Galesburg Register-Mail from Galesburg, Illinois on July 28, 1973 · Page 7
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Galesburg Register-Mail from Galesburg, Illinois · Page 7

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Galesburg, Illinois
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Saturday, July 28, 1973
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Page 7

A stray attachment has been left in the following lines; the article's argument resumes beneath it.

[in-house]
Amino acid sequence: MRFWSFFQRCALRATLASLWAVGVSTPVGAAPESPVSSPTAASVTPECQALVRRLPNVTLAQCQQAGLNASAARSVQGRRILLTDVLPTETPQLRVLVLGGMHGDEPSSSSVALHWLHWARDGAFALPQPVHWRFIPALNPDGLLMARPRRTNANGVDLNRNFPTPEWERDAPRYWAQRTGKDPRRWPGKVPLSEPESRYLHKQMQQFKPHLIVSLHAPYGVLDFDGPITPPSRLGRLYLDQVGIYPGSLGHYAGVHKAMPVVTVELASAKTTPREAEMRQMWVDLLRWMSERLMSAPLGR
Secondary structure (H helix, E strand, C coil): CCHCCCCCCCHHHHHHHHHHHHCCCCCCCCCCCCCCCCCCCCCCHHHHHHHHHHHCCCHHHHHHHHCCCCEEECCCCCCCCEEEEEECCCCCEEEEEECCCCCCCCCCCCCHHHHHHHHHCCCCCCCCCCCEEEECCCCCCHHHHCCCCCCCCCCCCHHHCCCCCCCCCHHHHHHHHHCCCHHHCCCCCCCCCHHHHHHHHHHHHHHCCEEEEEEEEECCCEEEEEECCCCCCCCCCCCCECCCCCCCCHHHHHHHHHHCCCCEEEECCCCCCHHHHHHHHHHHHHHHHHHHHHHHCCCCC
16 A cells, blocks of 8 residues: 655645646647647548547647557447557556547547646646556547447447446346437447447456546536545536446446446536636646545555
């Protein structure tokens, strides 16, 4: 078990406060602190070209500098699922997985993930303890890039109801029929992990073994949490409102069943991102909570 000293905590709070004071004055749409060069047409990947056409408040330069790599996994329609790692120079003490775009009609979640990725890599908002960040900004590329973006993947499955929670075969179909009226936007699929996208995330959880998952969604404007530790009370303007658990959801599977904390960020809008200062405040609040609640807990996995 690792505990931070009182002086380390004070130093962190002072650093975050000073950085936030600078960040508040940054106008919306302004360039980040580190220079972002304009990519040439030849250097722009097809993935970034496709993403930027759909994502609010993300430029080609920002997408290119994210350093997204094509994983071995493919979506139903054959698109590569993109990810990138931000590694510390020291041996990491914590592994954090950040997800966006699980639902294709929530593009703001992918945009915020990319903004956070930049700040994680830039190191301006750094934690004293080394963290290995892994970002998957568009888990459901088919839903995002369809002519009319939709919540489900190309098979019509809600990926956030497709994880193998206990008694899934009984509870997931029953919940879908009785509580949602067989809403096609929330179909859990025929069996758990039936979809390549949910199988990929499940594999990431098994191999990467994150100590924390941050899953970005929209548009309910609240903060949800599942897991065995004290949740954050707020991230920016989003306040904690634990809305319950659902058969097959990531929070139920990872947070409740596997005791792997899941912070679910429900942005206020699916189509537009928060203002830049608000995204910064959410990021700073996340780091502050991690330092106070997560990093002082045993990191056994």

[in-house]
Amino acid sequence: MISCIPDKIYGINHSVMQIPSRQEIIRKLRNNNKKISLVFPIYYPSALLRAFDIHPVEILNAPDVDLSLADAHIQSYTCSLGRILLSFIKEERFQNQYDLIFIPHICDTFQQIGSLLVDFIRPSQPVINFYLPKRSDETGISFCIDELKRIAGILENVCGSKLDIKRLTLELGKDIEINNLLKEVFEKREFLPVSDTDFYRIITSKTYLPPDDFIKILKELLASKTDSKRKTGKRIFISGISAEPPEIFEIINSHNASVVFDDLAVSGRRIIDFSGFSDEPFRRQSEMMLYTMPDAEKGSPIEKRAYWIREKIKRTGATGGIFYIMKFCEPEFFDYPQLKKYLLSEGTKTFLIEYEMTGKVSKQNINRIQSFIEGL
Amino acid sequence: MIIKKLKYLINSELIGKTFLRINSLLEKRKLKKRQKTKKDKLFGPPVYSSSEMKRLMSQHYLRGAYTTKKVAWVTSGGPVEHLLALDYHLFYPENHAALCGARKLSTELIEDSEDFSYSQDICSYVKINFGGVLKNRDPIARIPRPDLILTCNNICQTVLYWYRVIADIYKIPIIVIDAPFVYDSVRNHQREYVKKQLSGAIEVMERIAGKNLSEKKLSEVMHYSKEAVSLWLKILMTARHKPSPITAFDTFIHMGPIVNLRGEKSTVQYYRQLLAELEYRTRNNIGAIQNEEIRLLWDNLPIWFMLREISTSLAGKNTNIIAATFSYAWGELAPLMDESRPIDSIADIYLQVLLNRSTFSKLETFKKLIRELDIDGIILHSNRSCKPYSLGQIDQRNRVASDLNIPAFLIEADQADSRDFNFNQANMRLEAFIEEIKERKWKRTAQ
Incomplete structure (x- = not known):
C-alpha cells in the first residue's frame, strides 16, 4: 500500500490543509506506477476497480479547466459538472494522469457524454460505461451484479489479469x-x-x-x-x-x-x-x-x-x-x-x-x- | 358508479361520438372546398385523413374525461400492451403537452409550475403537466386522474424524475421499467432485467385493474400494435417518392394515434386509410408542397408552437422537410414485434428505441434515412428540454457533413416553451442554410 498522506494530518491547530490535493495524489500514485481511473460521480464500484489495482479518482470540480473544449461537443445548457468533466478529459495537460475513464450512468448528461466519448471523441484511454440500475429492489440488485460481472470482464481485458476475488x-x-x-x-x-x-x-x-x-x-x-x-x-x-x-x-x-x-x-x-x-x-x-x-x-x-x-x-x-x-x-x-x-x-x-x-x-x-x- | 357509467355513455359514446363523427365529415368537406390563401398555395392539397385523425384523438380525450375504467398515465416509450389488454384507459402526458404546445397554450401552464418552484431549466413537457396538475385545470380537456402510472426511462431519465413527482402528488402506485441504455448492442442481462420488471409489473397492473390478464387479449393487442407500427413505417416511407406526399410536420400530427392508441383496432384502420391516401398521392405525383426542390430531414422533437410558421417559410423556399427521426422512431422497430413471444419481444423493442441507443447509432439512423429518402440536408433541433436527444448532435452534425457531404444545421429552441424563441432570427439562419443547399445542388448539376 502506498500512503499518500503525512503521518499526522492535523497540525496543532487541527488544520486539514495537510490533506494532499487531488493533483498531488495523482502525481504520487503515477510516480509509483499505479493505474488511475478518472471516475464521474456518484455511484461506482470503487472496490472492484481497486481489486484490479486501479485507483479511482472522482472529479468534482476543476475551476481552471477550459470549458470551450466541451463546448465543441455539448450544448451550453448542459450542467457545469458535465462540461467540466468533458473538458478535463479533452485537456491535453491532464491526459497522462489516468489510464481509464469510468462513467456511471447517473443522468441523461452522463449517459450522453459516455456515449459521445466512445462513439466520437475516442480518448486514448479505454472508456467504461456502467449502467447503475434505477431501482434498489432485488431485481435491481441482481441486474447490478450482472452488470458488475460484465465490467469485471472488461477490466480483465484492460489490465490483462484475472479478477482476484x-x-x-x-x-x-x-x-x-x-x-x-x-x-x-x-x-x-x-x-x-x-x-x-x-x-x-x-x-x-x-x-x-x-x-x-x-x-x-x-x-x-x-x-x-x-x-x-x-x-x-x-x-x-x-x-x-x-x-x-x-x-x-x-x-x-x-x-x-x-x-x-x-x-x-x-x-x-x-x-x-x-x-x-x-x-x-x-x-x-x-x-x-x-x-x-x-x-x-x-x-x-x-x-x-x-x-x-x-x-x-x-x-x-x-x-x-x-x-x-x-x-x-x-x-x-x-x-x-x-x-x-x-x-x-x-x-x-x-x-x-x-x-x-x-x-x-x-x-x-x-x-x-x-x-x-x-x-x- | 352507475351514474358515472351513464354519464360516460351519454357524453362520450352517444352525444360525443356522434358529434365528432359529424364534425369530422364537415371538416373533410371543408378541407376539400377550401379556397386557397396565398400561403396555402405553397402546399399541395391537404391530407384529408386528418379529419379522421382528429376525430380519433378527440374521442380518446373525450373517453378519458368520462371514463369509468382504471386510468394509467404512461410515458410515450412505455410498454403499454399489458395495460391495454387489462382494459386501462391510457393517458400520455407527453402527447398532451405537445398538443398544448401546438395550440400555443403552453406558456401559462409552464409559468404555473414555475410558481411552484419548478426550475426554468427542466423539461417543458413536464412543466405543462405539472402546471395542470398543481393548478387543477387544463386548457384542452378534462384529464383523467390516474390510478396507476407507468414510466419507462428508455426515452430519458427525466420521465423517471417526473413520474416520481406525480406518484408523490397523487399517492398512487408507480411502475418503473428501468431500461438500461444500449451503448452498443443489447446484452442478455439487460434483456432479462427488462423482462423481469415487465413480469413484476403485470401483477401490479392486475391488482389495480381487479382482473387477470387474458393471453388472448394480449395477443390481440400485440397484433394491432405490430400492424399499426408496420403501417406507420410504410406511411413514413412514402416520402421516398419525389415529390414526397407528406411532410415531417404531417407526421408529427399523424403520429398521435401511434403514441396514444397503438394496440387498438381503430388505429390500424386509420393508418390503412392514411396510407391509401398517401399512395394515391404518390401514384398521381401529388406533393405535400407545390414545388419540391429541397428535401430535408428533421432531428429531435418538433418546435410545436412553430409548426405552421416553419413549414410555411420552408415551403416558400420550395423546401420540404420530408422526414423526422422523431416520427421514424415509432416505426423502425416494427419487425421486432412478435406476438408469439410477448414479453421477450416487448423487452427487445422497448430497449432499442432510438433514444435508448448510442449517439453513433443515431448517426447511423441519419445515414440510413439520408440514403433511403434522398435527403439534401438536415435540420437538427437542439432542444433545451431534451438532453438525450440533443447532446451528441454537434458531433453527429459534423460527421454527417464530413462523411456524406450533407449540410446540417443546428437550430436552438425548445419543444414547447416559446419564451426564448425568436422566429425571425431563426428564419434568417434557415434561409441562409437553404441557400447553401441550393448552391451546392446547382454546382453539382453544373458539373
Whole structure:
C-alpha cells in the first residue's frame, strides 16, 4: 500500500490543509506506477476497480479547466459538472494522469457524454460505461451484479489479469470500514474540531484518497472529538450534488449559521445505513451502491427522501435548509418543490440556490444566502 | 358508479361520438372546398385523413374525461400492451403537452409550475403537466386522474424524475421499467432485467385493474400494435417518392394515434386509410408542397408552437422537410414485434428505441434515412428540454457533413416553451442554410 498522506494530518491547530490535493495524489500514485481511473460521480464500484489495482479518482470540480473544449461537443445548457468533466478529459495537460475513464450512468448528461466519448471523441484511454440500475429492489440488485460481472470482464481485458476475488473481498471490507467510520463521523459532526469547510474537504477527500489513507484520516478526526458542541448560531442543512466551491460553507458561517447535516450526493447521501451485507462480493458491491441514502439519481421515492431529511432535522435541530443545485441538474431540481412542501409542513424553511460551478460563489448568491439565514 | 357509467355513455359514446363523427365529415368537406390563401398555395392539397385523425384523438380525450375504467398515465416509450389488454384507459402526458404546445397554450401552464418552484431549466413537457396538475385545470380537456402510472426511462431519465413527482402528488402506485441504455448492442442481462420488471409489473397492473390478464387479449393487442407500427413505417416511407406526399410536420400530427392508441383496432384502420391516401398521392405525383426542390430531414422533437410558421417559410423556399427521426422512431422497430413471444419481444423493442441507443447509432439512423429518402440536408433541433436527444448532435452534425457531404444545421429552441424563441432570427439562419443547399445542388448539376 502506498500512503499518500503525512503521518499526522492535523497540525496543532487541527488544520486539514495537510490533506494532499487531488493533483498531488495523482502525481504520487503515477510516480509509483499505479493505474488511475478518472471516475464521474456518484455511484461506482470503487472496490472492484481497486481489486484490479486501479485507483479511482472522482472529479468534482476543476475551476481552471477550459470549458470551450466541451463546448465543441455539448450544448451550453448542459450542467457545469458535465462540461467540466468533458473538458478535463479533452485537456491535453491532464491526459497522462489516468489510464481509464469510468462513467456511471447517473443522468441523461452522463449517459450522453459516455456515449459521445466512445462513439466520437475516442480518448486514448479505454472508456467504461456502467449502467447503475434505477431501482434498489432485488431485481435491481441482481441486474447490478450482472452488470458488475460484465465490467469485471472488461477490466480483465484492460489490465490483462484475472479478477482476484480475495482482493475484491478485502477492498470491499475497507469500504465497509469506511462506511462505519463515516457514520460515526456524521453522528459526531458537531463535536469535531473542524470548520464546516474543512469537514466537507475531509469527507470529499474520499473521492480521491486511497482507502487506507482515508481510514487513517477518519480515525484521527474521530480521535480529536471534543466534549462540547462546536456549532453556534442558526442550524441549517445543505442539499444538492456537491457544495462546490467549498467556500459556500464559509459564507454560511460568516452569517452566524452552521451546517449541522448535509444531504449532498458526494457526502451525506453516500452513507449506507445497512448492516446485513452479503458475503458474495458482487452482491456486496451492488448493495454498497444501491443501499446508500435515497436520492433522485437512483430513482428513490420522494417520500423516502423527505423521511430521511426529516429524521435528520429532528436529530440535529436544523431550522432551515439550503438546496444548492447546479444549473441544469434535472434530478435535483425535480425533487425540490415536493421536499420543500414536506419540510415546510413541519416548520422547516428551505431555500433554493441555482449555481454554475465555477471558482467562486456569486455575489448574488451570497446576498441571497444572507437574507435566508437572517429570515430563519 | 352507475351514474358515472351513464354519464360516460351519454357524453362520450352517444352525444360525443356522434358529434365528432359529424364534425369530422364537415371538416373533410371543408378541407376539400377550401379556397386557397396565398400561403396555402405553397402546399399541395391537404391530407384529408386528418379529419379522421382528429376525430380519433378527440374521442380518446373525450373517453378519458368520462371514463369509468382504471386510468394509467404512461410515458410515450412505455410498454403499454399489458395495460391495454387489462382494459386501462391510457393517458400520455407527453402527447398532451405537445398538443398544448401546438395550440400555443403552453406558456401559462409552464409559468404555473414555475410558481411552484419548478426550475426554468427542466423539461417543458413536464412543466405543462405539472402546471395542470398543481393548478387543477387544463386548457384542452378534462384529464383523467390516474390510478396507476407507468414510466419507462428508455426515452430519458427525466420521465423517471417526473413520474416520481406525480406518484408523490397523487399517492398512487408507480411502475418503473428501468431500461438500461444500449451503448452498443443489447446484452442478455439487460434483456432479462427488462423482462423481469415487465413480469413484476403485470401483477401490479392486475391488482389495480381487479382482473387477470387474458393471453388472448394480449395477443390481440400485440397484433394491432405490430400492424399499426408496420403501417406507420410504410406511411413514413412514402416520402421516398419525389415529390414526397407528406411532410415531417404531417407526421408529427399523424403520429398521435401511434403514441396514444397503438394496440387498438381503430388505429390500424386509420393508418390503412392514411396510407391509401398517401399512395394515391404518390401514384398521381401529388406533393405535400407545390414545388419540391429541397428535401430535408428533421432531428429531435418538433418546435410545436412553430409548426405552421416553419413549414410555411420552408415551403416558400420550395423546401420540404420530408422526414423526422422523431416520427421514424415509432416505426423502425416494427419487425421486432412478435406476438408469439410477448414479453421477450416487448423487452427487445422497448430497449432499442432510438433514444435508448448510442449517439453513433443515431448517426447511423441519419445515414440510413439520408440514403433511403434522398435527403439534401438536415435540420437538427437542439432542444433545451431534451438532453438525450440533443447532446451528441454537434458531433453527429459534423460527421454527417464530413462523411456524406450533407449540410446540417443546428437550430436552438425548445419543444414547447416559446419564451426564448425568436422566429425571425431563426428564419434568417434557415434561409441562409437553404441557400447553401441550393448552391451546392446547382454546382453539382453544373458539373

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Markets SQfyfdQy.t_J.M.!y J ,28 # ,. 1973 7 By MATH» CHA2AN0V Unfed fta International Grocers, meat induttry spokeemen , and Agriculture Secretary Earl But* agreed Friday that many item will probably itajait of beef at some data before 9apt« IS, ndtn the price iretie la lifted. At Jaek't Matt Market in New York CKy, owner David Kalter said, "There* Jutt no beef at all. It's rfctailou* 1 can't afford beef anymore and 1 will not pay over the ceiling prices just to keep It in stock. And on top of that, chicken went up another 7 cents today." The Department of Agriculture Friday said ita checks at Chicago and Omaha, Neb., Be Without Beef snowed no sales at all of "earlota" of steers or teitat*. The Agriculture Deptrttnent reported that meat production figures in June, when red meats were covered by price ceilings, were I per cent below a year earlier. A Cincinnati meat retailer, who normally sella 25 sides of beef a week, said he has back orders for ttft sides. "Customers are no longer worried about the price,'' said Ray fteuss of Greenhilis Storage Locker. "They just want a side of beef for their freezer. They're running scared." Ed Killer, manager of i Thorofare supermarket in Pitts burgh, said people were buying meat "like cmy" and the demand was up more than So percent nut acvjiowssqajea tnai some areas may be without beef nett week, and warned that cattle* men sno suppueis may oe making a mistake by withholding animals from sale, eapeciel- if there turns out to be a glut of meat on die rnarket after Sept, H In that case, he eeM in a television interview on the NBC network, suppliers "might end up selling for lower prices." Tlew tip Pence Rows* Over-all prices may rise too, Butz said, "a bit more" in the months ahead, but "1 think farmers will respond and turn on the production. We're urging our ftrmera to futt speed. I want them to produce. I'm urging them to plow up the fence rowe. We're going to have the food next year." David H. Stroud, president of the National Livestock and Asset Mssra, sen inm prices may rise at hajh as If per cent when the freeae la lifted. He predicted beat stiortasjes in the next weea ana auggsaseii mat me reason IM ueer inaustry was singled for « continued price freeae was political. "Beef Is a very popular food," he said, citing the housewives' meat boycott of April. "It occurs, to me the administration may be fearful of something similar happening again, ana Hwretore nas sua, don't worry gang, we're not going to take your beef away from you at these prices.'" Caat Stack Ceattrietarlet The Pentagoli, meanwhile said it Is having trouble buying enough beef to stock Its military cornmJssaries for ear vice famibea, although there ere no nonages in voop mess halls. According to a Minneapolis meat supplier, "We could salt all the meat we wanted to if we had it" Twin Cities hospitals were reported changing menus to reflect the beef shortage. House, Senate Agree on Price Support Plan By BERNARD BRENNER WASHINGTON (UP I) House and Senate negotiators, working on a four-year farm bill, have reached tentative agreement to allow price supports to escalate as farm costs rise. The legislation is built around a new support system in which fanners would get crop subsidies on grains and cotton only if market prices fall below proposed new "target" levels. The administration had threatened to veto the escalation provision. But a Republican member of the House- Senate conference told news­ men Friday he had heard the administration now regards the revised measure as acceptable. Agriculture Secretary Earl L. Butz, approached for his reaction Friday night, had no comment. Under the legislation, 1974 support targets would be set at $2.05 per bushel for wheat, $1.38 a bushel for corn and 38 cents a pound for cotton. In 1975, 1976 and 1977 the targets would be raised under a formula which would push prices up with any gains in farm costs. The conferees also handed cotton growers a major victory by accepting the Senate's COLLEGE STUDENT HOUSING- Persons with furnished apartments or sleeping rooms available in the Galesburg area for college student housing beginning in September, 1973, are requested to call: Curl Sandburg College 343-6101 , Extension 237 ^ version of a provision reducing the ceiling on subsidies for big grain and cotton farmers from the present $55,000 per crop to $30,000 per farmer. This killed a House version which would have prevented big cotton farmers from sidestepping the full impact of the ceiling by leasing or selling their cotton allotments. Retention of this cotton "loophole" drew sharp criticism from Rep. Wiley Mayne, R-Iowa. He charged House Democrats had "caved in to big cotton pressure" despite a heavy House vote in favor of the ban. In an effort to tailor the farm bill as dose to administration demands as possible without giving way on the key four-year escalator issue, the conferees tentatively adopted House terms on support target prices and escalation which were substantially below those set by the Senate. Then, they went a step further and cut in half the increases the House bad approved in minimum support loan rates for wheat and feed grains. Conference committee mem bers indicated they hoped to finish work on the bill today by Kroqe Quantity flight! nttwvea, Price* mtm 1ftfU TU«., July 31 Sorry, No Sale* 16 D**l«f*. THOUSANDS SUNDAY ] OF reaching agreement on three remaining disputes over food stamp provisions. These includ ed a controversial House approved ban on food stamps for most strikers. Cost $1.8 Billion Administration experts ear lier had estimated that the House support terms would cost taxpayers about $1.8 billion in 1974 with the cost rising to about $2.8 billion by 1977—still below the 1973 grain-cotton subsidy estimate of $2.8 billion. See 'Farm'- (Continued on page 11) Railroad Aid Is Example Of 'Lousy 9 Senate System WASHINGTON (UPI) - It was a classic example, said Sen. Harry P. Byrd, D-Va., of the "damn lousy"'way the Senate at times operates. Early Friday, Byrd was faced with a bill mat had zipped through the Senate Commerce Committee and was called up for action on the [floor. , The bill provided an authorization of $210 million to provide ALL FANS Friday, August 3rd, it the last day of our Super - Summer - Saving "Get On The Cable And Join The Fun" promotion. If you've been anxiously awaiting the final week of the promoton to call us — this is your big chance. Because after August 3rd, an installation and two months of service will cost you *26.90 as opposed to $ 5.95 now. Or, you could wait until next years' promotion and have one of your friends fill you in on the 2400 movies you'll miss! Coll Us Before FRIDAY, AUGUST 3rd and get AN INSTALLATION and TWO MONTHS FOR $ 5.95 (OFFfR VOIP IN NON-CAIUD ARIAS) CALL 342-2161 CALESBURC CABLE TV Ml N. HENDERSON ST. essential rail service if the Penh Central or other bankrupt lines cannot carry on. To Byrd, a fiscal conservative, $210 million is a lot of money. So he went to the floor and confronted Sen. Vance Hartke, D-Ind., with a series of questions. Hartke was the sponsor of the bill, the chairman of the subcommittee which cleared it and the flpor manager. What concerned Byrd was whether any of the money was going to be used to pay off the | government guaranteed loans of $125 million to the Penn Central and others. Had Uaeesy Feeling Byrd asked Hartke, "will the $125 million loan guarantee be paid from the $210 million?" "Yes," Hartke repUed. Could not the bill be trimmed to $85 million the amount me (Transportation Department said it needed? Hartke replied "we cannot because they cannot pay off the j $125 million loan and still keep the trains running." Despite an uneasy feeling that Hartke was wrong, Byrd who does not serve on the committee which approved the bill, took Hartke's word and decided against offering an amendment cutting back the authorization to $85 million. Bill Passes Handily The bill passed 59-30. Several hours later, reporters received telephone calls/ Hartke's office called to say wire service stories reporting the $125 million to pay off the loans were wrong. The Penn Central called to say that the first $50 million loan was not due until Jan. 1, 1976 and the second $50 million did not have to be paid off until Jan. 1, 1986. To top it off Hartke sent out a press release which said "the bill does not pay off past government obligations of the Penn Central and other bankrupts, as is currently reported in some quarters." There was no mention that the reports stemmed from Hartke's own words on the Senate floor. And it was too late for Byrd to do anything. Will You Be Miss Labor Day Queen? Of The Slit Anniversary Celebration QUALIFICATION! ARE: (1) Must bo single — Need not be affiliated with labor (2) Age: 17-25 years (3) Contestant must be a permanent resident of Knox or adjoining counties (4) Applications must be postmarked no later than midnight August 24, 1973. Applicants will be judged on the following combinations: Personality, Poise, Appearance (in Street Clothes only) Interview Headquarters Per labor Day QUEEN CONTESTANTS LABOR DAY HEADQUARTERS Room 13 —- Labor Temple Building Phone 3435*72 or 343-0710 Interviews — 7 P.M. to 9 P.M. Thursday, August 23, 1973 I AM INTERESTED IN COMPETING IN GALESBURG TRADES AND LABOR ASSEMBLY 1973 "MISS LABOR DAY CONTEST" NAME - AGE STREET CITY — COUNTY — In Charge of Queen Contest Mrs. Tim Connors 1*73 Robertson Ave. Galesburg, III. 61401 Chairmen Mrt. Richard Elias 1**0 N. Prairie St. Galesburg, III. 61401 Co-Chairman ^; nroiiHT Piiiciis IHETRUWIS IN YOUR TAPE! Comport tte torn- ettttCMtofyoun tin discount toed i ordtr from Kroior » with iny otter